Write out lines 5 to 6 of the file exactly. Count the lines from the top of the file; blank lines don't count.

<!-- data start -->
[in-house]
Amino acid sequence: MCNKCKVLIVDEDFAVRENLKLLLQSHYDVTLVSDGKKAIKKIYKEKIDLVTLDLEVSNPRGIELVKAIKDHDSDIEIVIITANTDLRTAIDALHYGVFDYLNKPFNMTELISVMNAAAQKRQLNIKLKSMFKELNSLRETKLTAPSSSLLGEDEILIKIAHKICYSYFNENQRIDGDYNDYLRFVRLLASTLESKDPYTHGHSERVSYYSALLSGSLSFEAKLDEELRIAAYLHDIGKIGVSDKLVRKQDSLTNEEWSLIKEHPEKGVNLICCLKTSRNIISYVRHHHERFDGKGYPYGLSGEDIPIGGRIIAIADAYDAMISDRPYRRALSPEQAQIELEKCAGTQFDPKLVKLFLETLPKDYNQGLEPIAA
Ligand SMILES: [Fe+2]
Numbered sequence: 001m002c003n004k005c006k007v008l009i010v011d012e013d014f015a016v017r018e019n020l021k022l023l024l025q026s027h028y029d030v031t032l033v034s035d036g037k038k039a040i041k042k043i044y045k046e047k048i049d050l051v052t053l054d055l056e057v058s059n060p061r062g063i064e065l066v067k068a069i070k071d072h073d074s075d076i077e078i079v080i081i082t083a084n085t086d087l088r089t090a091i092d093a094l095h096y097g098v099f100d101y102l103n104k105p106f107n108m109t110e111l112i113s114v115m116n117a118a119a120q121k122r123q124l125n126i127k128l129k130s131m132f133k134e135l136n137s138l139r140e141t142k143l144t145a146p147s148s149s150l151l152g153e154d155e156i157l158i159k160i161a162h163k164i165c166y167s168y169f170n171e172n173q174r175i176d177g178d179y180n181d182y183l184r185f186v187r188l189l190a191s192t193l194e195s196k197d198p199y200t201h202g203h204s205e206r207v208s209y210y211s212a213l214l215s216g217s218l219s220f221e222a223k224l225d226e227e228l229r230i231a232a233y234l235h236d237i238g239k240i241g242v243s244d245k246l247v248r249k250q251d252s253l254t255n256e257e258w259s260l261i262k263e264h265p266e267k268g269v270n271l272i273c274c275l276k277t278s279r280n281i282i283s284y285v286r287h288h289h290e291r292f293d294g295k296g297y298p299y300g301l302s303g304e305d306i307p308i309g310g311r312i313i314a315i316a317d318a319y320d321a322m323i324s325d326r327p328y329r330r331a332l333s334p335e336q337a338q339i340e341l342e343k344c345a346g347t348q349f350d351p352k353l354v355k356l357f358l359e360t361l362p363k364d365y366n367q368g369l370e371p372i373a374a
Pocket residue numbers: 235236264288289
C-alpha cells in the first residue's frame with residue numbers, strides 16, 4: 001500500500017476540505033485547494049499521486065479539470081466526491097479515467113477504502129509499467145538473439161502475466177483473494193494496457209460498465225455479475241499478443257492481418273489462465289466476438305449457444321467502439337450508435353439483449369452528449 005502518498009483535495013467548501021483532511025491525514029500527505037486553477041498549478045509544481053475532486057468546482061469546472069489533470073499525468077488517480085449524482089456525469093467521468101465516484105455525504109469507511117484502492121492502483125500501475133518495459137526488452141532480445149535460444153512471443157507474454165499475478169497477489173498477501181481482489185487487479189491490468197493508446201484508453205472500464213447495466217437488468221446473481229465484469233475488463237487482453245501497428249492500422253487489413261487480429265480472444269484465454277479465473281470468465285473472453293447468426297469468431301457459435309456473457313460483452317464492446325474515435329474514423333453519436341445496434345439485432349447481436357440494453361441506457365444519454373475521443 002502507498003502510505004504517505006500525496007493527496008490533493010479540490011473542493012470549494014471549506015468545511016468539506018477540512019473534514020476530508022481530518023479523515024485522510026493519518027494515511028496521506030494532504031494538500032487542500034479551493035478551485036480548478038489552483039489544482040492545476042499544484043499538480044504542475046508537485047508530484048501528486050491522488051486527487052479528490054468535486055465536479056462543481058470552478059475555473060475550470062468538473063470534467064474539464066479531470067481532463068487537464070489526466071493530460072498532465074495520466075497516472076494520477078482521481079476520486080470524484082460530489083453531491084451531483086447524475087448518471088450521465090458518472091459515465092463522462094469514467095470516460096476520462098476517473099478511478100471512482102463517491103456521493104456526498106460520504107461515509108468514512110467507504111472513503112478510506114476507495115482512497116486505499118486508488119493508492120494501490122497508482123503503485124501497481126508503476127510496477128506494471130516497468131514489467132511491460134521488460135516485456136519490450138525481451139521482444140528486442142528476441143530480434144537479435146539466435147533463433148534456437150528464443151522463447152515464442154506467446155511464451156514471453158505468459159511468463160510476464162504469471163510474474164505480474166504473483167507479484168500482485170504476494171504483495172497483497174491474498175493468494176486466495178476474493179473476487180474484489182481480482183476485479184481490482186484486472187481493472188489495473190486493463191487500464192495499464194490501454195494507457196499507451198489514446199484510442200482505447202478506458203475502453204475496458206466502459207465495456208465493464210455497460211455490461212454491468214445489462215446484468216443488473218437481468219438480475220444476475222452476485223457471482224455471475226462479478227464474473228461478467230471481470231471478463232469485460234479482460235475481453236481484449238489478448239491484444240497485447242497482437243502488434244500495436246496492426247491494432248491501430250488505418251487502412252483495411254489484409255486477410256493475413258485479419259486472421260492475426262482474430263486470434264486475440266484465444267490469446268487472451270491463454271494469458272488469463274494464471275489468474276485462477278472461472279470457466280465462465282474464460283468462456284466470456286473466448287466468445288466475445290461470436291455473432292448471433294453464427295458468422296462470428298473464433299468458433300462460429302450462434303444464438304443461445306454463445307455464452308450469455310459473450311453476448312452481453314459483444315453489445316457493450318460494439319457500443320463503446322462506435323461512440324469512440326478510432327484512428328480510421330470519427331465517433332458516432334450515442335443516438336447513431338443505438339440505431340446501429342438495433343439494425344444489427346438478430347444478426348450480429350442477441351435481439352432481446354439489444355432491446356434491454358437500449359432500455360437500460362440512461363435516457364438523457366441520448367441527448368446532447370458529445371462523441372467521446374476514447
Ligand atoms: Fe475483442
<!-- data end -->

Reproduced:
Pocket residue numbers: 235236264288289
C-alpha cells in the first residue's frame with residue numbers, strides 16, 4: 001500500500017476540505033485547494049499521486065479539470081466526491097479515467113477504502129509499467145538473439161502475466177483473494193494496457209460498465225455479475241499478443257492481418273489462465289466476438305449457444321467502439337450508435353439483449369452528449 005502518498009483535495013467548501021483532511025491525514029500527505037486553477041498549478045509544481053475532486057468546482061469546472069489533470073499525468077488517480085449524482089456525469093467521468101465516484105455525504109469507511117484502492121492502483125500501475133518495459137526488452141532480445149535460444153512471443157507474454165499475478169497477489173498477501181481482489185487487479189491490468197493508446201484508453205472500464213447495466217437488468221446473481229465484469233475488463237487482453245501497428249492500422253487489413261487480429265480472444269484465454277479465473281470468465285473472453293447468426297469468431301457459435309456473457313460483452317464492446325474515435329474514423333453519436341445496434345439485432349447481436357440494453361441506457365444519454373475521443 002502507498003502510505004504517505006500525496007493527496008490533493010479540490011473542493012470549494014471549506015468545511016468539506018477540512019473534514020476530508022481530518023479523515024485522510026493519518027494515511028496521506030494532504031494538500032487542500034479551493035478551485036480548478038489552483039489544482040492545476042499544484043499538480044504542475046508537485047508530484048501528486050491522488051486527487052479528490054468535486055465536479056462543481058470552478059475555473060475550470062468538473063470534467064474539464066479531470067481532463068487537464070489526466071493530460072498532465074495520466075497516472076494520477078482521481079476520486080470524484082460530489083453531491084451531483086447524475087448518471088450521465090458518472091459515465092463522462094469514467095470516460096476520462098476517473099478511478100471512482102463517491103456521493104456526498106460520504107461515509108468514512110467507504111472513503112478510506114476507495115482512497116486505499118486508488119493508492120494501490122497508482123503503485124501497481126508503476127510496477128506494471130516497468131514489467132511491460134521488460135516485456136519490450138525481451139521482444140528486442142528476441143530480434144537479435146539466435147533463433148534456437150528464443151522463447152515464442154506467446155511464451156514471453158505468459159511468463160510476464162504469471163510474474164505480474166504473483167507479484168500482485170504476494171504483495172497483497174491474498175493468494176486466495178476474493179473476487180474484489182481480482183476485479184481490482186484486472187481493472188489495473190486493463191487500464192495499464194490501454195494507457196499507451198489514446199484510442200482505447202478506458203475502453204475496458206466502459207465495456208465493464210455497460211455490461212454491468214445489462215446484468216443488473218437481468219438480475220444476475222452476485223457471482224455471475226462479478227464474473228461478467230471481470231471478463232469485460234479482460235475481453236481484449238489478448239491484444240497485447242497482437243502488434244500495436246496492426247491494432248491501430250488505418251487502412252483495411254489484409255486477410256493475413258485479419259486472421260492475426262482474430263486470434264486475440266484465444267490469446268487472451270491463454271494469458272488469463274494464471275489468474276485462477278472461472279470457466280465462465282474464460283468462456284466470456286473466448287466468445288466475445290461470436291455473432292448471433294453464427295458468422296462470428298473464433299468458433300462460429302450462434303444464438304443461445306454463445307455464452308450469455310459473450311453476448312452481453314459483444315453489445316457493450318460494439319457500443320463503446322462506435323461512440324469512440326478510432327484512428328480510421330470519427331465517433332458516432334450515442335443516438336447513431338443505438339440505431340446501429342438495433343439494425344444489427346438478430347444478426348450480429350442477441351435481439352432481446354439489444355432491446356434491454358437500449359432500455360437500460362440512461363435516457364438523457366441520448367441527448368446532447370458529445371462523441372467521446374476514447